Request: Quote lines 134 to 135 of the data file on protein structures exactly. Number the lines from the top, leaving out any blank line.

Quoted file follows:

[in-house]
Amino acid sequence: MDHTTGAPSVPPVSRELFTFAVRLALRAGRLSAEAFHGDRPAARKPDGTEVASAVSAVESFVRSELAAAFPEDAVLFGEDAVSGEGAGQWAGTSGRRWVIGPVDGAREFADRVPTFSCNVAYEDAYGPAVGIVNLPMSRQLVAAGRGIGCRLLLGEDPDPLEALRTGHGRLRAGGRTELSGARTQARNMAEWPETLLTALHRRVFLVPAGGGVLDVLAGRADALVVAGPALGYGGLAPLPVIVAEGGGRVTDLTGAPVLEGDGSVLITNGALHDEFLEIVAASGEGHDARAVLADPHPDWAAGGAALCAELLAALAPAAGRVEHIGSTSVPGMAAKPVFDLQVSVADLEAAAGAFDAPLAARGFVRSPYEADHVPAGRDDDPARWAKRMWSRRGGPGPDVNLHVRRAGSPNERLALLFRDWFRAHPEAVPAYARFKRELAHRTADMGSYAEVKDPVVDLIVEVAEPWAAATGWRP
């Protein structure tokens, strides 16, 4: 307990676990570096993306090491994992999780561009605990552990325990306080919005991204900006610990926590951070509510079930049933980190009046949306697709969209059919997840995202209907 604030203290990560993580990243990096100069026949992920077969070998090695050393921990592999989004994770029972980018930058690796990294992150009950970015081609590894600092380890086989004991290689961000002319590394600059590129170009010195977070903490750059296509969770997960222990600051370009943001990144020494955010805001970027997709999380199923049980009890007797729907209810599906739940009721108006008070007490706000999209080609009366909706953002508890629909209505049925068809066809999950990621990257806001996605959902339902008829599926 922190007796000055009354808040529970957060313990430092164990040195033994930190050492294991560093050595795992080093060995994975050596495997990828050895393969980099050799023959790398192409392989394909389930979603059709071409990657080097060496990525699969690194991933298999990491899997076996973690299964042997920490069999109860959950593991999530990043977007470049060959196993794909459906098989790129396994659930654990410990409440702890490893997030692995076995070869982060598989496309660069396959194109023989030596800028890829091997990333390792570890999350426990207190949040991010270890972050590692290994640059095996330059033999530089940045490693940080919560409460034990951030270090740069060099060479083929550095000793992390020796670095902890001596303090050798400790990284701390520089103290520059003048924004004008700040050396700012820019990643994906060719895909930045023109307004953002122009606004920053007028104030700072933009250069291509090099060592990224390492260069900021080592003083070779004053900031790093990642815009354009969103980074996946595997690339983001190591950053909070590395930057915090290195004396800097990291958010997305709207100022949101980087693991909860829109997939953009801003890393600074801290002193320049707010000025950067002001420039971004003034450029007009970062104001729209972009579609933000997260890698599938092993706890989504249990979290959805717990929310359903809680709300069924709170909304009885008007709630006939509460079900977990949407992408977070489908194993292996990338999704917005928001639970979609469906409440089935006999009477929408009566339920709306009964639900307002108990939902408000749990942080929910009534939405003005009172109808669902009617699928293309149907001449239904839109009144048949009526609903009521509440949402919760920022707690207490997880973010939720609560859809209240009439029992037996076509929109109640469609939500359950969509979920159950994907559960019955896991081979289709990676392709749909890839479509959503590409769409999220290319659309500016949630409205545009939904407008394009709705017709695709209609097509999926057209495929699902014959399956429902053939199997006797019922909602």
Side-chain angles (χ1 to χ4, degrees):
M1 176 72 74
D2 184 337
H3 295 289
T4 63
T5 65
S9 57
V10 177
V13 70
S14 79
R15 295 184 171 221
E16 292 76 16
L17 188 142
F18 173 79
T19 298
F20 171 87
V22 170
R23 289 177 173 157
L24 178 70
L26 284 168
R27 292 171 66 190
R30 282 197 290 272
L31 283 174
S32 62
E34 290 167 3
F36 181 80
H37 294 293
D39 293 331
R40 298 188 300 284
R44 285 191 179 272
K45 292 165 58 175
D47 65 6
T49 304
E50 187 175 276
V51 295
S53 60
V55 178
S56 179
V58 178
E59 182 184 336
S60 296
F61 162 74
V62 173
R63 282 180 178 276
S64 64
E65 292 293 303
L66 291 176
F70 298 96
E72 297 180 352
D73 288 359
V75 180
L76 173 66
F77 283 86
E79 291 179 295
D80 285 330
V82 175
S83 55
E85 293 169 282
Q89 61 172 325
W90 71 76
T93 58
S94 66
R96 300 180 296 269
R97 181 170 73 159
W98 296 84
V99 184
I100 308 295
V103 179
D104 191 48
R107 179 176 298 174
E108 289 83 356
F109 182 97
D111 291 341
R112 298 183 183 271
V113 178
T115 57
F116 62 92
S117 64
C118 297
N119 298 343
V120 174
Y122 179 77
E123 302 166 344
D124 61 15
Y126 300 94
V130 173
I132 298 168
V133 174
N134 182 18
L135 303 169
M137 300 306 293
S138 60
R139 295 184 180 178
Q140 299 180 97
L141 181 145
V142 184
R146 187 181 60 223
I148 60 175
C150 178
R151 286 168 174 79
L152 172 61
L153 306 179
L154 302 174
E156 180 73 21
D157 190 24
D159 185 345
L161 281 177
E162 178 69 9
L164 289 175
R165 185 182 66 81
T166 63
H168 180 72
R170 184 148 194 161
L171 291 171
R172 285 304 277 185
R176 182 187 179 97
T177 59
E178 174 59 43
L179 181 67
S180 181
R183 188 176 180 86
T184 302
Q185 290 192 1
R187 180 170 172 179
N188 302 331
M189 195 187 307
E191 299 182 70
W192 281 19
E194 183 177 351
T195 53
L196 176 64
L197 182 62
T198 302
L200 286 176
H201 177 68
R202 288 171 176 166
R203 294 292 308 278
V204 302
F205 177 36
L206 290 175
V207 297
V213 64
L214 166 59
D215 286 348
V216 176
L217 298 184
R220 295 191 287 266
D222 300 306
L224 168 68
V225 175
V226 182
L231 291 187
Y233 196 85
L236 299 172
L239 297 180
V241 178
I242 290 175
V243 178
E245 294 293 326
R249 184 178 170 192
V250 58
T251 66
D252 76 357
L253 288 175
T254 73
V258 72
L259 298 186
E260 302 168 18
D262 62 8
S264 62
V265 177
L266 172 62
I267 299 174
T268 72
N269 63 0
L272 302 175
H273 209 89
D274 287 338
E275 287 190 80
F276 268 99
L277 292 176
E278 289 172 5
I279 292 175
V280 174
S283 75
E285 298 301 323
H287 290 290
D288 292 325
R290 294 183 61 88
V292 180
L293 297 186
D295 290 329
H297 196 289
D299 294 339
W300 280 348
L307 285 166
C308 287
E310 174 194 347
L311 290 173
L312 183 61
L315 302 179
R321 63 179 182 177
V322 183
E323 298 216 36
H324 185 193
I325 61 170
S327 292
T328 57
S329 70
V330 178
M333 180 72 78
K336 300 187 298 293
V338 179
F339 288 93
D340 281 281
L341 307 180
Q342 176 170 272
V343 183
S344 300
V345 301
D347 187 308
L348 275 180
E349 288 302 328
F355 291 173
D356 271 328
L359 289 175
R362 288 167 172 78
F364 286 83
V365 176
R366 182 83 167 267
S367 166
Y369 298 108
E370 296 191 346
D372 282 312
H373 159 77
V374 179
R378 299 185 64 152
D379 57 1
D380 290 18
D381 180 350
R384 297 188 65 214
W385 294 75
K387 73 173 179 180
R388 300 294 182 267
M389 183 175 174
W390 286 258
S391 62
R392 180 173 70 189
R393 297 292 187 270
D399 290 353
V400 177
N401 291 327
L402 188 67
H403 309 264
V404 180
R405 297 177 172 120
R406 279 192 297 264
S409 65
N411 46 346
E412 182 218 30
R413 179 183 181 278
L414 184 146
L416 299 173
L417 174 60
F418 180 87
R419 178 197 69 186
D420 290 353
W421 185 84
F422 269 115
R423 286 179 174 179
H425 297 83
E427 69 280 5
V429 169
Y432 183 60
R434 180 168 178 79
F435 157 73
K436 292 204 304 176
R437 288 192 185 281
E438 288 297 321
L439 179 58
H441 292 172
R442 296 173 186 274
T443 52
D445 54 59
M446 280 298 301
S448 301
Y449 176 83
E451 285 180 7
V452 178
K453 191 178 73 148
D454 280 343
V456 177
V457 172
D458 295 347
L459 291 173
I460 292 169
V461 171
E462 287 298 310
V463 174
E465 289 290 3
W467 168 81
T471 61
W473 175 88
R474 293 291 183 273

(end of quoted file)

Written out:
L196 176 64
L197 182 62